Petronas chief executive officer Datuk Shamsul Azhar Abbas confirmed then that Petronas was talking with several international investors to invest in Teluk Ramunia and Pengerang.
Once a sleepy fishing village in Terengganu, Kertih is now a thriving township due to O&G related activities with Petronas as the main driver in the O&G sector there.
The Petronas Kertih Refinery is the national oil company's first oil refinery in Malaysia, and processes 49,000 barrels of Malaysian light, sweet crude oil per day.
In total, Petronas owns and operates four refineries (three in Malaysia and one in South Africa) with a total refining capacity of more than 448,000 barrels per day.
The Government had also said then that while the investments would come from Petronas and its partners, the Government was looking into allocating money for infrastructure developments in the areas.
Another aspect of the oil and gas thrust in the ETP (and which is linked to the Rapid project) is for Malaysia to venture into the lucrative area of oil trading. Singapore accounts for hundreds of billions of oil trading every year, an area of business that is virtually absent in Malaysia.
According to the ETP roadmap, Singapore, by 2007, had built a significant trading business worth more than 1 trillion ringgit in physical oil trade and 2 trillion ringgit in derivative trade.
Sources said the Government may consider providing additional incentives to attract oil trading firms to be located in Johor.
Sunday, May 15, 2011
$24b project on the coast in Pengerang is seen as direct threat to Singapore
Monday, May 9, 2011
Substantial portion of Phase 1 output already committed to new customers
Ronnie Lim Business Times 10 May 11;
CHINA Huaneng-owned Tuas Power (TP) expects to decide 'sometime this year' on embarking on Phase 2 of its $2 billion clean coal/ biomass multi-utilities facility on Jurong Island, TP's president and chief executive Lim Kong Puay told BT yesterday.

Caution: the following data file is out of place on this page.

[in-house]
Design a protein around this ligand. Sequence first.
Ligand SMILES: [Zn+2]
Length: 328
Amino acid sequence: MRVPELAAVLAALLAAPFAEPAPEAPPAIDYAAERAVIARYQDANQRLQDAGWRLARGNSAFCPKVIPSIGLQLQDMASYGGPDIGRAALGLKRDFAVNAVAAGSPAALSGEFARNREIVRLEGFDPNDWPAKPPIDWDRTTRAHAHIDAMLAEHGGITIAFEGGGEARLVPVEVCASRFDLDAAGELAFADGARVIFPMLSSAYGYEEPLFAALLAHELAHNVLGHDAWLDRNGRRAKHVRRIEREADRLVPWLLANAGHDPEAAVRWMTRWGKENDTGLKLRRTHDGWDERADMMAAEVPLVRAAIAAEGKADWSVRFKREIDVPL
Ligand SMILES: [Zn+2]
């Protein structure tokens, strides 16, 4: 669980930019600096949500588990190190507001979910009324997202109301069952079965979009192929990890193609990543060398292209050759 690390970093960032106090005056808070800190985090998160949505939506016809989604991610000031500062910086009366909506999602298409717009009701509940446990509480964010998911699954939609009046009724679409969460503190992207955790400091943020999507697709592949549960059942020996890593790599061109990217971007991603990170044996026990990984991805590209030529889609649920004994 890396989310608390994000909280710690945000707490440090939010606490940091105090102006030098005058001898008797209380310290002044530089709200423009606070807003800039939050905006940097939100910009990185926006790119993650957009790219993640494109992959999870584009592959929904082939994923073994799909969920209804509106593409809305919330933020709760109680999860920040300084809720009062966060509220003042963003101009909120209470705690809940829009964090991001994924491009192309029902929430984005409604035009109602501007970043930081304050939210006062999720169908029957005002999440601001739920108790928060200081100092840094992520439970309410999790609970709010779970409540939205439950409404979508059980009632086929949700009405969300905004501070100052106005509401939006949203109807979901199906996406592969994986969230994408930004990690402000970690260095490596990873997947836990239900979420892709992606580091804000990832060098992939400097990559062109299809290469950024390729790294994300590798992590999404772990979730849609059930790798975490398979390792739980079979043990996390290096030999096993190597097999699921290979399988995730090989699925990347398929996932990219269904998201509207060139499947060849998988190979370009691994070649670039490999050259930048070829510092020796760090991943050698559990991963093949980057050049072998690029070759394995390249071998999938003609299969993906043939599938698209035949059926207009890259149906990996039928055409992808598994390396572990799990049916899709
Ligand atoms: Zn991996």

This is because a 'substantial portion' of the steam and power output from Phase 1 of the Tuas Multi-Utilities Complex (TMUC) - currently under construction - has already been committed to new petrochemical customers there, he disclosed.
They include Germany's Lanxess and Taiwan's Dairen Chemicals, each of which is building mega $500 million to $700 million plants there, with TP currently talking to 'a few others', Mr Lim added.
The genco embarked on Phase 1 of TMUC - producing 200 tonnes of steam per hour and 100 megawatts of power - in late-2009, and expects to start supplying customers with utilities like steam from the second half of next year.
Both Lanxess, which is building a state-of-the-art $680 million synthetic rubber plant here, and Dairen, which is investing $500 million in three chemicals plants on the island, have targeted start-ups in the first quarter of 2013.
In total, TP is targeting its TMUC project to provide 'one-stop, third-party utility services to the wide-range needs of approximately 15 petrochemical customers in the surrounding area', the genco revealed in its latest tender, called last Friday, for an EPC contractor to provide the utilities piping connecting TMUC to its new customers.
TMUC is being developed concurrently on two sites about 2 km apart on Jurong Island, the tender showed.
The 14-hectare Site 1 at Tembusu Crescent/Avenue - where the main power and steam will be produced, and including a desalination plant - has sea frontage to allow feedstocks comprising low-ash, low-sulphur coal and tropical biomass, mainly palm kernel, to be shipped in from suppliers including in Indonesia.
Site 2, occupying 8.75 hectares at the island's Banyan sector, houses plants for demineralised water treatment, waste water treatment and high-grade industrial water.
Lanxess' contract with TP, for instance, covers the supply of high-grade industrial water and demineralised water, apart from steam.
TMUC has been designed to produce in total 160 MW of power and 1,000 tonnes per hour of steam, with its seawater reverse osmosis plant designed to supply 20 million gallons of water per day.
TP is Singapore's third largest genco with 2,670 MW of capacity at its main Tuas power station.
The company has been aggressively expanding beyond power generation to supplying multi-utilities to petrochemical and other industries, like Finland's Neste Oil which produces renewable bio-diesel at a nearby $1.2 billion Tuas plant.
The genco is also spending another $470 million to 'repower' the first of two older, steam plants at its Tuas station into a more efficient combined cycle gas turbine plant, making this its fifth CCGT.